Are there two different versions of environmentalism, one “white,” one “black”?
Out of the rack and ruin of our gangster death,
The rape and rot of graft, and stealth, and lies,
We, the people, must redeem
The land, the mines, the plants, the rivers
The mountains and the endless plain —
All, all the stretch of these great green states —
And make America again!
– Langston Hughes, 1938
I really didn’t want to have to address this. While reading through University of Michigan professor Dorceta Taylor’s latest report, “The State of Diversity in Environmental Organizations,” and thinking about what I would write about it, I had hoped to focus on the solutions. Those solutions — confronting unconscious and subconscious bias and other subtle forms of discrimination — are the parts I had hoped environmentalists would be eager to unpack.
I thought they’d read about the “green ceiling,” where mainstream green NGOs have failed to create a workforce where even two out of 10 of their staffers are people of color, and ask themselves what could they do differently. I thought, naively, that this vast report, complete with reams of data and information on the diversity problem, would actually stir some environmentalists to challenge some of their own assumptions about their black and brown fellow citizens.
I was wrong.
Maybe I’m being too harsh. Some green leaders have taken this issue to heart. Frances Beinecke, president of the Natural Resources Defense Council, said in response to the report that the “environmental community has to do more,” and that, “Without collective action to create inclusive workplaces, broaden our community partnerships, and diversify our voice, we will not be equipped to confront the great environmental problems of our time.”
Michael Brune, executive director of the Sierra Club, responded that his group (which helped fund the report) is “working hard to ensure our organization looks like America.”
And yet, judging from the comments on my first story about the report — some from people who profess to spending years and even decades in the green movement — it appears that too many would rather accommodate their prejudices than test their understanding of how non-white, non-hetero, non-male, non-college-educated, non-wealthy human beings relate to the environment.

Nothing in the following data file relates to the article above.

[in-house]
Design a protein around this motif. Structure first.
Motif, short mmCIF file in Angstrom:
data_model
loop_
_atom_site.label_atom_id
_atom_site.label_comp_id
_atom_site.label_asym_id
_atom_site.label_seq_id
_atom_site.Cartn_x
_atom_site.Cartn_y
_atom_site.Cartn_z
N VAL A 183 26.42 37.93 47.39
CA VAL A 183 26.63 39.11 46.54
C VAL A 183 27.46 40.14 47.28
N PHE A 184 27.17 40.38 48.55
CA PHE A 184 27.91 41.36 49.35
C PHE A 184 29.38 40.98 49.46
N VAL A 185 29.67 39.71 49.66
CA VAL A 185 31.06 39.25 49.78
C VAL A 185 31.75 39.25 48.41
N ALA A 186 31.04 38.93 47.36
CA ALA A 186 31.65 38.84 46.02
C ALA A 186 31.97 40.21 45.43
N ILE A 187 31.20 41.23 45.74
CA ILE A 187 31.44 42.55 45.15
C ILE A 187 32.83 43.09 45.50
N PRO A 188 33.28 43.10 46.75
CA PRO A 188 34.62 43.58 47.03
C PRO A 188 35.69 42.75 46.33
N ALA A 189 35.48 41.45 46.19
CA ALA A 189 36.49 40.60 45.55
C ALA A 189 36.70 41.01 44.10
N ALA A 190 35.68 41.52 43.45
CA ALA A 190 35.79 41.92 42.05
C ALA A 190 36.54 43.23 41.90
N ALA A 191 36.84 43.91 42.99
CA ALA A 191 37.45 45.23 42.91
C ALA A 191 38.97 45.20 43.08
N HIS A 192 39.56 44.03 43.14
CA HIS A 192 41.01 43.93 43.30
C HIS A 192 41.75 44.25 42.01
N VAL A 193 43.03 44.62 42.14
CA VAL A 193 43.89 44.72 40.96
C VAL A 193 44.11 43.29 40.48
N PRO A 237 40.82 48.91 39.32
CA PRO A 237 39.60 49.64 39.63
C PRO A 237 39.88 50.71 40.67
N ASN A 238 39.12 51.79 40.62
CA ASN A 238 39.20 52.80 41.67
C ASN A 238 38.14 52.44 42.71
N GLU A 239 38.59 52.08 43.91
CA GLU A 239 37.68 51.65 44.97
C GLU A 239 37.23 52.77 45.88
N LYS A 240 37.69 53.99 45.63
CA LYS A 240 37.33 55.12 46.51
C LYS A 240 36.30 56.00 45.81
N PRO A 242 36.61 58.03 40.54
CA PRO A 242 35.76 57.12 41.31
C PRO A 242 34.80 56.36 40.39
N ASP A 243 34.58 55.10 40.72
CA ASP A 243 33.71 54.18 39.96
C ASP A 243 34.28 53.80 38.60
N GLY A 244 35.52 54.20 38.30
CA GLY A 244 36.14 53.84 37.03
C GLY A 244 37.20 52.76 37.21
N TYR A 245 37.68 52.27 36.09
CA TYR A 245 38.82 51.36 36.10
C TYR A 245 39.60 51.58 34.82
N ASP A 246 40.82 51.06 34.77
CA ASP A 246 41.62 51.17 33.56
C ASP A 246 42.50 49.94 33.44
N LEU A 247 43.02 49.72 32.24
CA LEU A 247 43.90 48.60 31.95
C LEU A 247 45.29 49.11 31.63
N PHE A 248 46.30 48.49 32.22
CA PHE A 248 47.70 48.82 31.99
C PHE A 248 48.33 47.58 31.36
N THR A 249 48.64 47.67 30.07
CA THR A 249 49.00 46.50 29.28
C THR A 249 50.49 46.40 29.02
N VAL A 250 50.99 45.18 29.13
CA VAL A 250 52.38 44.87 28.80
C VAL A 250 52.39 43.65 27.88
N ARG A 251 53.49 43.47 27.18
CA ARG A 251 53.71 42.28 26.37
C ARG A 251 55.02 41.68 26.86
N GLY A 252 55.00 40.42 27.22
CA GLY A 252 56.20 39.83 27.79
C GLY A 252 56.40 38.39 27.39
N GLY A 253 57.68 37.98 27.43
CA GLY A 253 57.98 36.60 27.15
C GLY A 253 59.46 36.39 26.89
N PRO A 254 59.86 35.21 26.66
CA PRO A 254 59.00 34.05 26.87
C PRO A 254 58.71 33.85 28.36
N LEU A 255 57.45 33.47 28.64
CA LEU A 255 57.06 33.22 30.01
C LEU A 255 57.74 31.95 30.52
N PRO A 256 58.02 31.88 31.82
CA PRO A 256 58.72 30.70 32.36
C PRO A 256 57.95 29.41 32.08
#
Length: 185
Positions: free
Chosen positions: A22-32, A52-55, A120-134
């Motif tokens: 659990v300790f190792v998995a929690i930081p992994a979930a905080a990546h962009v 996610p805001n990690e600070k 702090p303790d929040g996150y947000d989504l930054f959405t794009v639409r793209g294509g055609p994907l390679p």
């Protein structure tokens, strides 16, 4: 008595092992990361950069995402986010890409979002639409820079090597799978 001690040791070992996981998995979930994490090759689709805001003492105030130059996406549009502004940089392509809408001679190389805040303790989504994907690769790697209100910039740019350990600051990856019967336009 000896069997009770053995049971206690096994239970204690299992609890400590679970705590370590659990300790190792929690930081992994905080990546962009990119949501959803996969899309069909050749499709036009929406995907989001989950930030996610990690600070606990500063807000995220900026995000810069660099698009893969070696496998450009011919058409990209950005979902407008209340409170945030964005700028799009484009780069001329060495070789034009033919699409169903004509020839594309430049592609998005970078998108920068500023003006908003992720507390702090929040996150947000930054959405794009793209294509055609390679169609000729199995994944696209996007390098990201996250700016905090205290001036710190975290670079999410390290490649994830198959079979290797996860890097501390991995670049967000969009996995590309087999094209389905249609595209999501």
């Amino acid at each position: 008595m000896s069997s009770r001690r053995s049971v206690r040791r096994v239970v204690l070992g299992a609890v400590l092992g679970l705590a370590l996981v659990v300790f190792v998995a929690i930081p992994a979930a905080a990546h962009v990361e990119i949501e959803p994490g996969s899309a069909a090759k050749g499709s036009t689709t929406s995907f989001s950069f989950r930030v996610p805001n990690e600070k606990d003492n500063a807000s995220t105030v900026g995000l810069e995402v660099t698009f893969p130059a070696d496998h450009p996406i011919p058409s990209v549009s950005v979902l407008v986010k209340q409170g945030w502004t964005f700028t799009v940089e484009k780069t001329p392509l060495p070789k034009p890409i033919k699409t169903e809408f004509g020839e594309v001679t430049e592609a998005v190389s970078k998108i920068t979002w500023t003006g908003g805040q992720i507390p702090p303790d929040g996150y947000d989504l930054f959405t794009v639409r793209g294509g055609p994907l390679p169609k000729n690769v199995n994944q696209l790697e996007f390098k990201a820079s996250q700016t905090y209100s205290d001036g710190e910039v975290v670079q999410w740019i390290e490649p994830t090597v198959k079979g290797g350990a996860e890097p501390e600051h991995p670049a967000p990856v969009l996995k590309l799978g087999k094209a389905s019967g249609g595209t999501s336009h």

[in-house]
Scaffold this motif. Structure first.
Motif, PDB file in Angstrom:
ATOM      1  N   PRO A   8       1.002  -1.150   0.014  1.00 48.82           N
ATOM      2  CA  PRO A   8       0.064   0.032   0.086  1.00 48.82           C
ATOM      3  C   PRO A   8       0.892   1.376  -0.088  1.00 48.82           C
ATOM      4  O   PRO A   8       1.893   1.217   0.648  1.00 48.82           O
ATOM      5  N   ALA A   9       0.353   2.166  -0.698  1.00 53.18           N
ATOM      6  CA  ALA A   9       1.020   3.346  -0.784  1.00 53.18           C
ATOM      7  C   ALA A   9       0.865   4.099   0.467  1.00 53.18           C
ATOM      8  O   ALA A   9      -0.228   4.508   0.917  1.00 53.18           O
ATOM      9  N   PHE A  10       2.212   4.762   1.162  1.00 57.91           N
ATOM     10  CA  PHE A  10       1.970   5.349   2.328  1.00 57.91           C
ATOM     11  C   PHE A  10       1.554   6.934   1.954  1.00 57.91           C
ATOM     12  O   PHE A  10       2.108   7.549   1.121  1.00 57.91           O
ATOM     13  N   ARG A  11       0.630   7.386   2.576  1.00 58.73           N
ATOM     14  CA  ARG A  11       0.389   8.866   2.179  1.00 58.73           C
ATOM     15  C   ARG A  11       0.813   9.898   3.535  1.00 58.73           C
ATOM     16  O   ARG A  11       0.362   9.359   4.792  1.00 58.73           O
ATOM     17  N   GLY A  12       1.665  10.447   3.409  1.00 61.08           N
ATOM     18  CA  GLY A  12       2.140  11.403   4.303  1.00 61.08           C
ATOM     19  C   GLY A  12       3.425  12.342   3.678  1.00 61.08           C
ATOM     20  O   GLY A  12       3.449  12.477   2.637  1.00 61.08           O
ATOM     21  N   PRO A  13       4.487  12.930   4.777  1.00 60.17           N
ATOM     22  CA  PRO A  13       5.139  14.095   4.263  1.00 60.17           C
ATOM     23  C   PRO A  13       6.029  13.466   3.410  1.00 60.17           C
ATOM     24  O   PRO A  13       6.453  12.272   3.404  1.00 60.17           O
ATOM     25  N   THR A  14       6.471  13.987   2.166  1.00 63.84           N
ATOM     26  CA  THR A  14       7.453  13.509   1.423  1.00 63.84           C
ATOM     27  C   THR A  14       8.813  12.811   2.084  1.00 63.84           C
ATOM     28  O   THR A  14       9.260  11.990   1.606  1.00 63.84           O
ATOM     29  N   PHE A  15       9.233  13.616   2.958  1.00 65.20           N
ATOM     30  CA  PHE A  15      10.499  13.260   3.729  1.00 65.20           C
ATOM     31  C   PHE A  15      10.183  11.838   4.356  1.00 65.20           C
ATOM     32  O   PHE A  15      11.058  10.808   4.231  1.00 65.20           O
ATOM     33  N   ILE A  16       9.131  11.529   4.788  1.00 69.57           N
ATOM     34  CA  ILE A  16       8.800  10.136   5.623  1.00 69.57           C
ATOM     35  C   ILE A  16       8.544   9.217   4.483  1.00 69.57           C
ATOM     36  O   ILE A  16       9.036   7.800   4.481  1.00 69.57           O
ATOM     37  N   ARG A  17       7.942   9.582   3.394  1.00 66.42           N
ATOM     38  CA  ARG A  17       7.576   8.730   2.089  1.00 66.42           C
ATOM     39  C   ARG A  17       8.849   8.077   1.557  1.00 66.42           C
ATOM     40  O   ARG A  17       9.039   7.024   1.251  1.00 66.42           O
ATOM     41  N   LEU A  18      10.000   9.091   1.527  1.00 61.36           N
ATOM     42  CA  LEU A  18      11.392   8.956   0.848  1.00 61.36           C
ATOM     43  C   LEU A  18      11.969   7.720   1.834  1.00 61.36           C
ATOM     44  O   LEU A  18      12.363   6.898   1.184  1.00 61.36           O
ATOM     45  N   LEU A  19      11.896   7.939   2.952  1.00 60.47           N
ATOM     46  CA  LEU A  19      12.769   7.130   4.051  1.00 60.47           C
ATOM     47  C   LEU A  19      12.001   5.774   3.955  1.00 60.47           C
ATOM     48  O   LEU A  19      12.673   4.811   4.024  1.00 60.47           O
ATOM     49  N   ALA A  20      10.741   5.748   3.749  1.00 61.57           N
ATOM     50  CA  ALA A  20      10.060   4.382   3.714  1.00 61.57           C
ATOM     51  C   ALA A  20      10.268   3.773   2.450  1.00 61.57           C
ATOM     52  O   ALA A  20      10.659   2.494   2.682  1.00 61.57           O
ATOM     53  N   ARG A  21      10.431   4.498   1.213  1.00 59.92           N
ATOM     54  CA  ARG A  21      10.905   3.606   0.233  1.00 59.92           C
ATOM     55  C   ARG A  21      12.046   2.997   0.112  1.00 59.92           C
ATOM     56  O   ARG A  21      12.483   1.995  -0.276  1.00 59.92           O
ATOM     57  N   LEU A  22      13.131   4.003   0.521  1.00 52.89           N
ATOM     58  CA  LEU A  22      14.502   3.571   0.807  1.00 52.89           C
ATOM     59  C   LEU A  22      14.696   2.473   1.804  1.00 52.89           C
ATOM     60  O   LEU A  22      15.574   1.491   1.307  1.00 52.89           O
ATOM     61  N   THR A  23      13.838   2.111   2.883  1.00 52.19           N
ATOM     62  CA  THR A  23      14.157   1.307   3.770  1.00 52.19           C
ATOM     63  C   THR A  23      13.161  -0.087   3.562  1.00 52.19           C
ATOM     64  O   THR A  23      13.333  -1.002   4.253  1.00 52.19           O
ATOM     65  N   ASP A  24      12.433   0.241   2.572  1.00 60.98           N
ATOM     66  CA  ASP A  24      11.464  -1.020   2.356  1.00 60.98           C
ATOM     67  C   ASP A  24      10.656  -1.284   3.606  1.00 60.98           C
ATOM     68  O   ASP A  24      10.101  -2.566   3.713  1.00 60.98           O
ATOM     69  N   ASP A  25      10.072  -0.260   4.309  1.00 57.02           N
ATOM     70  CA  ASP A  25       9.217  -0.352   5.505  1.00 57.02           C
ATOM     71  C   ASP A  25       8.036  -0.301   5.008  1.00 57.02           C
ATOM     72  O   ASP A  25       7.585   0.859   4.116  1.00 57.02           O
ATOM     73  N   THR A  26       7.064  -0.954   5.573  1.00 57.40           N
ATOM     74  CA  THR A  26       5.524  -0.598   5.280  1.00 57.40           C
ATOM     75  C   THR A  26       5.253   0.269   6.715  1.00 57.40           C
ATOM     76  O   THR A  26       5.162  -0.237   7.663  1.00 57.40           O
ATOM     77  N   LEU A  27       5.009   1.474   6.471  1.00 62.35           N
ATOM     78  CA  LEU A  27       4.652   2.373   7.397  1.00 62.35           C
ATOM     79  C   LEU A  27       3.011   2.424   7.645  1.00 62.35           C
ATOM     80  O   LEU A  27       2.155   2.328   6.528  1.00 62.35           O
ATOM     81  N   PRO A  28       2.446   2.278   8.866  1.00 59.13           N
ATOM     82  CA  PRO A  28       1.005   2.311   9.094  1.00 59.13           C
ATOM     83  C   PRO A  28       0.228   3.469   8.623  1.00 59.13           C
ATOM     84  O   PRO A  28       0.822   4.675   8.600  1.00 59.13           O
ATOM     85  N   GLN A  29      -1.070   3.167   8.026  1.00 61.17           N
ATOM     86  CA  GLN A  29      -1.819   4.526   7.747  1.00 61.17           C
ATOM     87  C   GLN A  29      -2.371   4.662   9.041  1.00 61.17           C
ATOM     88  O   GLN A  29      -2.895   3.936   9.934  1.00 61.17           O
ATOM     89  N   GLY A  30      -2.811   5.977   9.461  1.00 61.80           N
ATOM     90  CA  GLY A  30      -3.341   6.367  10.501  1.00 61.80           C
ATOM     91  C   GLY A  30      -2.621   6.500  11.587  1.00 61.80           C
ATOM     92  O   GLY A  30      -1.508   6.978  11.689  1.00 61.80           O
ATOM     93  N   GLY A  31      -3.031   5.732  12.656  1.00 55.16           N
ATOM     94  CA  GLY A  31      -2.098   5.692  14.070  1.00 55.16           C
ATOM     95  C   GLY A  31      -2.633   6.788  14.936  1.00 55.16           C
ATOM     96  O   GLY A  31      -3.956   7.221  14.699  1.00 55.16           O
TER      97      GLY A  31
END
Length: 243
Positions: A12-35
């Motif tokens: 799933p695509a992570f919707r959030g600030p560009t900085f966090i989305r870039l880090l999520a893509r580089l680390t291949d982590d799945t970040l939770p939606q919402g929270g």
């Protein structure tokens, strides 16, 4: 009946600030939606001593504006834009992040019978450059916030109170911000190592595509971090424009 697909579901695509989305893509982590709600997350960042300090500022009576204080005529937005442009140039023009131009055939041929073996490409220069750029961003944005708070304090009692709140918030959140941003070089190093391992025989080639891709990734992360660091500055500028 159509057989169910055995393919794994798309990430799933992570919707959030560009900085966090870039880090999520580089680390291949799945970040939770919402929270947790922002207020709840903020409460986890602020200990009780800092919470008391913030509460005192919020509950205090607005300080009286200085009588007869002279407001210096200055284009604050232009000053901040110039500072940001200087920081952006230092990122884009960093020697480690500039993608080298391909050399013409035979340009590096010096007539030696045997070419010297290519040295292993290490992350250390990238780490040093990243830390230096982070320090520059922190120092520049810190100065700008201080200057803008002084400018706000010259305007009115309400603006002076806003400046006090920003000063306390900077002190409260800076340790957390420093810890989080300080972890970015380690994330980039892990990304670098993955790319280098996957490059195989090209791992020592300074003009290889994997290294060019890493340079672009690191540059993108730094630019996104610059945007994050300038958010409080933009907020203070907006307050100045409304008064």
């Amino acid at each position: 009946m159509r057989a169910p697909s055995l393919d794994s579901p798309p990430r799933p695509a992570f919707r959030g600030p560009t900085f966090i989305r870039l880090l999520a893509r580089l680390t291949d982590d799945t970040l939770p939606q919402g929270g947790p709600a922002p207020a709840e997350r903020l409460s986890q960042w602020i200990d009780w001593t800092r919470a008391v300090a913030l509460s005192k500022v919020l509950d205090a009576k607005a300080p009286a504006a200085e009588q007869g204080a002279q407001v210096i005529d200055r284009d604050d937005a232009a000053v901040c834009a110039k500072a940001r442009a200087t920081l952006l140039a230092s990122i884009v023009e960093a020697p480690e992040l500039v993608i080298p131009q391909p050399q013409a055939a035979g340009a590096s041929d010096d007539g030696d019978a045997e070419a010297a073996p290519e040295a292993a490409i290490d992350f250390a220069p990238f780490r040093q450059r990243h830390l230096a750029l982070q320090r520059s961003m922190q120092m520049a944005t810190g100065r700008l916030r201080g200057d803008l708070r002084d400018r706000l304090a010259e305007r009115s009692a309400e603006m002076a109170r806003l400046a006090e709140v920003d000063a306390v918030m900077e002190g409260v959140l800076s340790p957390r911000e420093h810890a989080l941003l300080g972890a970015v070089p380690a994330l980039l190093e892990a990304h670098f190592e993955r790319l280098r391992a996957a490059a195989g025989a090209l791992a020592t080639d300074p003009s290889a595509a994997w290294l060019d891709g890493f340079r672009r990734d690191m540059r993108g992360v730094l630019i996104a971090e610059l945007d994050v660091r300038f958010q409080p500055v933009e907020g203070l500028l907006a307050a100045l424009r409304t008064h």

Worse, too many believe that those in these “non-” categories don’t have the skills or knowledge to be valuable to the environmental activism workforce. Too many believe the poor are too occupied with being poor, or black people are too occupied with being black to be occupied in green organizations.
Taylor’s report paints a different picture: “A significant number of talented ethnic minorities are willing and able to work in environmental organizations, but discriminatory hiring practices prevent them from obtaining jobs in such organizations.”
Her research not only proves this, but her MELDI website also does some of the work for employers, by listing hundreds of professionals of color with bona fide environmental pedigrees.
This week, a group of prominent environmental leaders of color also launched the Diverse Environmental Leaders National Speakers Bureau to draw attention to even more people of color working in the environmental field. If that wasn’t enough, Green for All also released results of a survey showing majorities in communities of color support action on climate change and environmental matters.
“There is a lot of rumor and speculation surrounding what people of color think about climate change and the environment,” Green For All Executive Director Nikki Silvestri said in a press statement this week. “People of color care deeply about the environment and the impacts of climate change. We understand the urgency of these threats because we experience the effects every single day.”